Q: Our developers use SQL Server 2005 Developer Edition for testing, and we also use the Developer Edition for our stress-testing boxes.We often see significantly different performance for some queries when we roll out an application to production on the Standard Edition.What could be causing the variance?

A: The key to solving this mystery is to remember that the SQL Server 2005 Developer Edition is feature-identical to the Enterprise Edition. The only differences between the products are the price and how they're licensed. So if you rephrase the question—for example, "Will we see a performance-difference between the Enterprise and Standard Editions?"—then the performance problem you're referring to makes a bit more sense.The Enterprise Edition might have certain performance optimizations that you won't find in the Standard Edition.

Related: Get a Head Start on SQL Server 2005 Performance Tuning Techniques

However, the mystery can sometimes go a bit deeper. Some people might read the Microsoft article "Features Supported by the Editions of SQL Server 2005" at Microsoft Developer Network and think, well heck, I'm using features that are in both the Enterprise and Standard Editions, so I expect the performance on both machines to be the same. But most people miss the fact that the Enterprise Edition supports an Enhanced Read-ahead and Scan option. In the database world, this feature is often called a merry-go-round scan. If you search online for the phrase "merry go round scans," the search engine returns several links to information pertaining to this type of scan.A great resource about this type of advanced scanning is the Microsoft article "Reading Pages."

Here's a simple example of how the Enhanced Read-ahead and Scan option works. Assume that UserA and UserB both issue the SELECT * FROM Customer command, which results in a table scan. UserA issues the command first; UserB issues the command 20 seconds later. The table has 100 million rows (it's a very big table), and the scan is running on a machine that has Standard Edition installed.The table scan for UserA begins reading the Customer table on the first page of the table.Twenty seconds later, the scan for UserB starts reading pages that UserA has already read, even though some of the pages might already have been flushed back out of cache. Sometimes this process creates tremendous disk contention and draws on memory.

The Enterprise Edition performs an Enhanced Read-ahead and Scan a little differently (e.g., you'll immediately notice that calliope music plays during the scan). Unlike with the Standard Edition, when UserA issues the SELECT * FROM Customer command, the Enterprise Edition begins scanning the Customer table.When UserB issues the same command 20 seconds later, the table scan for UserB starts exactly where UserA is currently reading. UserA and UserB's queries will both read the last page of the Customers table at about the same time, but then UserB's scan will go back to the beginning of the Customer table to scan the pages that UserA had scanned before UserB began its query.This process dramatically reduces disk contention and the draw on memory. Note that when you perform this type of query on Enterprise Edition, multiple reads of the same data might yield the output in different order unless the user specifies an ORDER BY clause. The ORDER BY clause (i.e., \[ORDER BY Order_Item \[ASC | DESC\] \[, ...\]\] ) sorts query results based on the column and direction (ascending or descending) arguments you specify. For example, if you enter the following command for a query:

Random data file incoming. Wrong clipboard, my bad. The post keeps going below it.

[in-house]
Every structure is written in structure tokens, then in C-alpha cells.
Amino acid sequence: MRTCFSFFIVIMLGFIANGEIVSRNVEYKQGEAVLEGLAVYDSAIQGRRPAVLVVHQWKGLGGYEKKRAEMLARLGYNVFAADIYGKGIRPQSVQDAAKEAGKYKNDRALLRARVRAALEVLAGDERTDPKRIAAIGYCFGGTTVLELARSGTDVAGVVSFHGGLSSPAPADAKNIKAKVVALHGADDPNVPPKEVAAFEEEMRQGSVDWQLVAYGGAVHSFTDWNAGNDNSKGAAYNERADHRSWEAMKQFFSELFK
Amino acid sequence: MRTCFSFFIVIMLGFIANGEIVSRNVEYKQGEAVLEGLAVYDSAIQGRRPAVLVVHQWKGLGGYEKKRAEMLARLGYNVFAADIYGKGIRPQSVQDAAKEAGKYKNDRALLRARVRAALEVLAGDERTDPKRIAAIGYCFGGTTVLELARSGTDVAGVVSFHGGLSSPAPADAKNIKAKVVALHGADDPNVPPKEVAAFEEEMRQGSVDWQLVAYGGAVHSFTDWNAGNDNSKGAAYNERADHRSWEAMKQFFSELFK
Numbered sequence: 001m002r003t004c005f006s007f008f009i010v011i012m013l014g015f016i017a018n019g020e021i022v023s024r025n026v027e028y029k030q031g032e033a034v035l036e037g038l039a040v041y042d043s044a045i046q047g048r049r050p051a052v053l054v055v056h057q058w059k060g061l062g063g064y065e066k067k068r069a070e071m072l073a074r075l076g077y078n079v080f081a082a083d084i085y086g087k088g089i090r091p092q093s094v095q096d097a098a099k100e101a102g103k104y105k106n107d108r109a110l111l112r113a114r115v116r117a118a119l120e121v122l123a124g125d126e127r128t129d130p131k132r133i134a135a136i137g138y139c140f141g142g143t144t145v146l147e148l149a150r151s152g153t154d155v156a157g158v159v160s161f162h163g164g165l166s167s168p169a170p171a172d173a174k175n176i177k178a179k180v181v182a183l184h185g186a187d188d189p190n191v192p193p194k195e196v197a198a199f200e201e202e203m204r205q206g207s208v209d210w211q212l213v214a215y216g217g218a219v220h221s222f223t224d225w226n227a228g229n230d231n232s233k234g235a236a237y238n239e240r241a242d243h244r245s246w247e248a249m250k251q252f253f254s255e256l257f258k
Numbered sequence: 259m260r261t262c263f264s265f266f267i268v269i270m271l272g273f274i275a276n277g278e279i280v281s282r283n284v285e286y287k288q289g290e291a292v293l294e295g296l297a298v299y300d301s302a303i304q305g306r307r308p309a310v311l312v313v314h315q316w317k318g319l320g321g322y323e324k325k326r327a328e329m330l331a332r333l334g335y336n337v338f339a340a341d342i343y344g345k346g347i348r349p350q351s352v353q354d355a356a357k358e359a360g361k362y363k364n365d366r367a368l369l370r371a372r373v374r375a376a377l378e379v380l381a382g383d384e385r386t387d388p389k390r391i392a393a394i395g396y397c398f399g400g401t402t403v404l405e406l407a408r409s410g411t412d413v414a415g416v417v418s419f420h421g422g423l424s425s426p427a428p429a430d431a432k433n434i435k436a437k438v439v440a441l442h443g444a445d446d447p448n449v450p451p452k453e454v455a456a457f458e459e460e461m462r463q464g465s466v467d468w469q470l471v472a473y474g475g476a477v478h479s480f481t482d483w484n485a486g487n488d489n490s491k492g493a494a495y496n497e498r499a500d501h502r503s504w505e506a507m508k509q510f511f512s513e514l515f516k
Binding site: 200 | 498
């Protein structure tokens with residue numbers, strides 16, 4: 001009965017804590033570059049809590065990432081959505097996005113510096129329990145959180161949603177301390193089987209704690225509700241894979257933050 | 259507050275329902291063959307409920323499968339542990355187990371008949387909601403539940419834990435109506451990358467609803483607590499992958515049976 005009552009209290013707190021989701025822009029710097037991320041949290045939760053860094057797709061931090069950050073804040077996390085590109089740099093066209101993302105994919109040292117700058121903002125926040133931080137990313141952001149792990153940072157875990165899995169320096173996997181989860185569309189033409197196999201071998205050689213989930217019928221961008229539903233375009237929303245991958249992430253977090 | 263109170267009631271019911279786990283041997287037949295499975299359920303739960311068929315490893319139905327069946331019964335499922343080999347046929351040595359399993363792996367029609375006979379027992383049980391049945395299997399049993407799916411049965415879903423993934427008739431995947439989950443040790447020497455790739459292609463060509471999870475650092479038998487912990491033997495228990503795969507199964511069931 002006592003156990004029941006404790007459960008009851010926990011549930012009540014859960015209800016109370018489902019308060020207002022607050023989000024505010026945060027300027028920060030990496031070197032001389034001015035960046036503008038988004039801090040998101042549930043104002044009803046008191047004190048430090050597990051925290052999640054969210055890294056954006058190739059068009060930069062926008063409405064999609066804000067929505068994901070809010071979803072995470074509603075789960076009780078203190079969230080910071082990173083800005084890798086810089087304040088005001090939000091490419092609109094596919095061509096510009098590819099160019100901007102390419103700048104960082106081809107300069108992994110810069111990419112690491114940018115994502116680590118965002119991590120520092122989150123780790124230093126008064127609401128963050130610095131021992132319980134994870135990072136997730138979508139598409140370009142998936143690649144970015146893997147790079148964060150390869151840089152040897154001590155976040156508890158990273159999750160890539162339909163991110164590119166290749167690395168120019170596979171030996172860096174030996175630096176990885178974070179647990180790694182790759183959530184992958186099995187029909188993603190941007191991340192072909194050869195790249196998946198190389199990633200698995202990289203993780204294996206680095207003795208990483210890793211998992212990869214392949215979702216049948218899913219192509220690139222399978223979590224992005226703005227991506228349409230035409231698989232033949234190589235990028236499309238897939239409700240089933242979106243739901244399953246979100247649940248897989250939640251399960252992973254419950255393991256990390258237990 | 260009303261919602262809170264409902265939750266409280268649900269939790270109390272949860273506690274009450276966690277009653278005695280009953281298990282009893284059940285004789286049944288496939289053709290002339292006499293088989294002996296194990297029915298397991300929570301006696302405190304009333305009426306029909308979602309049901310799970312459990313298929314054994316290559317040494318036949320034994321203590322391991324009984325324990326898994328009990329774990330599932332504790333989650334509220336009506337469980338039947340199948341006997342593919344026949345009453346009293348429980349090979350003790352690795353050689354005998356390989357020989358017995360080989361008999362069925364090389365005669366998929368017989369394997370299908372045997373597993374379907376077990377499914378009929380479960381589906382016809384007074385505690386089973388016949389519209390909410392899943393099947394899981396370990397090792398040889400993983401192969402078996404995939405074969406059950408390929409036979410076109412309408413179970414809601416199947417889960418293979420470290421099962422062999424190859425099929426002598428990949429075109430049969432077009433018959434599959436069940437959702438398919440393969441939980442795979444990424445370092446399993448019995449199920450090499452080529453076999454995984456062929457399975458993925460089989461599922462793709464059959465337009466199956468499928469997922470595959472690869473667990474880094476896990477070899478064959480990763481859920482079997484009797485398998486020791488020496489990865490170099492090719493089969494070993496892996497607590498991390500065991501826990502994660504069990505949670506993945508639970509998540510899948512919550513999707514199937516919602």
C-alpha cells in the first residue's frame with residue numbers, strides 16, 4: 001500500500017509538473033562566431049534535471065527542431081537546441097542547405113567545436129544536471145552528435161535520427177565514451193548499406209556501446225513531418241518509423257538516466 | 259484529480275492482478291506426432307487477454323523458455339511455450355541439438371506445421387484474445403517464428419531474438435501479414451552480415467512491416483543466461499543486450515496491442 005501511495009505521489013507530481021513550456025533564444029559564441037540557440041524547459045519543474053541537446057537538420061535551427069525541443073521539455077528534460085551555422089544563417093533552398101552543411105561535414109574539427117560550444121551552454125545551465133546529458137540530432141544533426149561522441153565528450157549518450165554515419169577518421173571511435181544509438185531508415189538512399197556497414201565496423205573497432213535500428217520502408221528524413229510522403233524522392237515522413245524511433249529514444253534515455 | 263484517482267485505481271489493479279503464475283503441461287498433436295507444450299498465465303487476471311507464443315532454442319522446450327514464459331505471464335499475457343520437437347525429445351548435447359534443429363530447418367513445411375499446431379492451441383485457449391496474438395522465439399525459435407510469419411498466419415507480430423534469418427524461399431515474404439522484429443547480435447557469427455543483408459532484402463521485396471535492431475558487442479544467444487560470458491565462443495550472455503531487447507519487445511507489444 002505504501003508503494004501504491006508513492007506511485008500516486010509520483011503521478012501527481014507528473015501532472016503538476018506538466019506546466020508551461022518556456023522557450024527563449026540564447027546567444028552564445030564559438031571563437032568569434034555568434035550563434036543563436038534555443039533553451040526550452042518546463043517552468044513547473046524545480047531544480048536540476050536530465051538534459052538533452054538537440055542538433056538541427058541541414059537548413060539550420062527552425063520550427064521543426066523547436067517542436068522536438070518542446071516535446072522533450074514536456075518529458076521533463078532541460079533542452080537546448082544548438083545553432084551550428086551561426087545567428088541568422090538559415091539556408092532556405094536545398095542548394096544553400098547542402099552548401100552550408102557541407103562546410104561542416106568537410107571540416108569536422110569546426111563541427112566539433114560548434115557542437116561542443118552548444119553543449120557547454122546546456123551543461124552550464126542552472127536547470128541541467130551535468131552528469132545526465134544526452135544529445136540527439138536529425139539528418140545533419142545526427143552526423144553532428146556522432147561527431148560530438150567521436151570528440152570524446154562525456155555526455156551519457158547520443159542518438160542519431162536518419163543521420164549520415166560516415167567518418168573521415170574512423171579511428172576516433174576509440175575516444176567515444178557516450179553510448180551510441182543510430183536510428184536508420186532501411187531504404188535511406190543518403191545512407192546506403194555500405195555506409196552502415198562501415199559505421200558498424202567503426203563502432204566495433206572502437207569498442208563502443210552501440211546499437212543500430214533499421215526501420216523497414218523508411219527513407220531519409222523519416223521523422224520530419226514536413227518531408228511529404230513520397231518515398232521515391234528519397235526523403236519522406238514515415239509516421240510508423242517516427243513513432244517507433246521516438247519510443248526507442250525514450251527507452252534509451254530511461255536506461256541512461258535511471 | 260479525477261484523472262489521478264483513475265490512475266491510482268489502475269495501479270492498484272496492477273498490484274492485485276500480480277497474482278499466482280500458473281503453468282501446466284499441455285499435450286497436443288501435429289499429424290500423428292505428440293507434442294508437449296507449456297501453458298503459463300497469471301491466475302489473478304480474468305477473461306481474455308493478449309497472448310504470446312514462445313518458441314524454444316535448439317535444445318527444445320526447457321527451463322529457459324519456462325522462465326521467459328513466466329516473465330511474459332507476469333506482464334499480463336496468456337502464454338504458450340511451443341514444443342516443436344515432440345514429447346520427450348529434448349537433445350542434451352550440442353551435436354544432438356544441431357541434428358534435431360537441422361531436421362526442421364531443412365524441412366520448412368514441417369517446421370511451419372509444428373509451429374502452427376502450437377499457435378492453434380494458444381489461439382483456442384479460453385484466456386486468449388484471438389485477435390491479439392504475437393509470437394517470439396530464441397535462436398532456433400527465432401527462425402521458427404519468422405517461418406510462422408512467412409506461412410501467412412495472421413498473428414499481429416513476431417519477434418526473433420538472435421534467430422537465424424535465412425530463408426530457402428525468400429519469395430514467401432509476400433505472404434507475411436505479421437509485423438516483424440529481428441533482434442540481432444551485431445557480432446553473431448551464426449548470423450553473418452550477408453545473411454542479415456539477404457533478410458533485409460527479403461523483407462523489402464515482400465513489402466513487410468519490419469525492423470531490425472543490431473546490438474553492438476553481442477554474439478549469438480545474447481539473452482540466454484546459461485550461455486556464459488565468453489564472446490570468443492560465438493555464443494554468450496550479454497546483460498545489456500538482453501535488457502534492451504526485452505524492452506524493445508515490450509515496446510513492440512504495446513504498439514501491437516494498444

ORDER BY Name, City, State asc

the query results are sorted by Name, City, and State in ascending order.

You'll find other performance differences between the Enterprise and Standard Editions. For example, only the Enterprise Edition supports both the parallel Database Console Commands (DBCC) and the CREATE INDEX SQL command, but you know when you're running these commands to expect a slight performance difference. It's the Enhanced Read-ahead and Scan option that seems to trip people up the most when they're trying to account for unknown performance differences between the Enterprise and Standard Editions.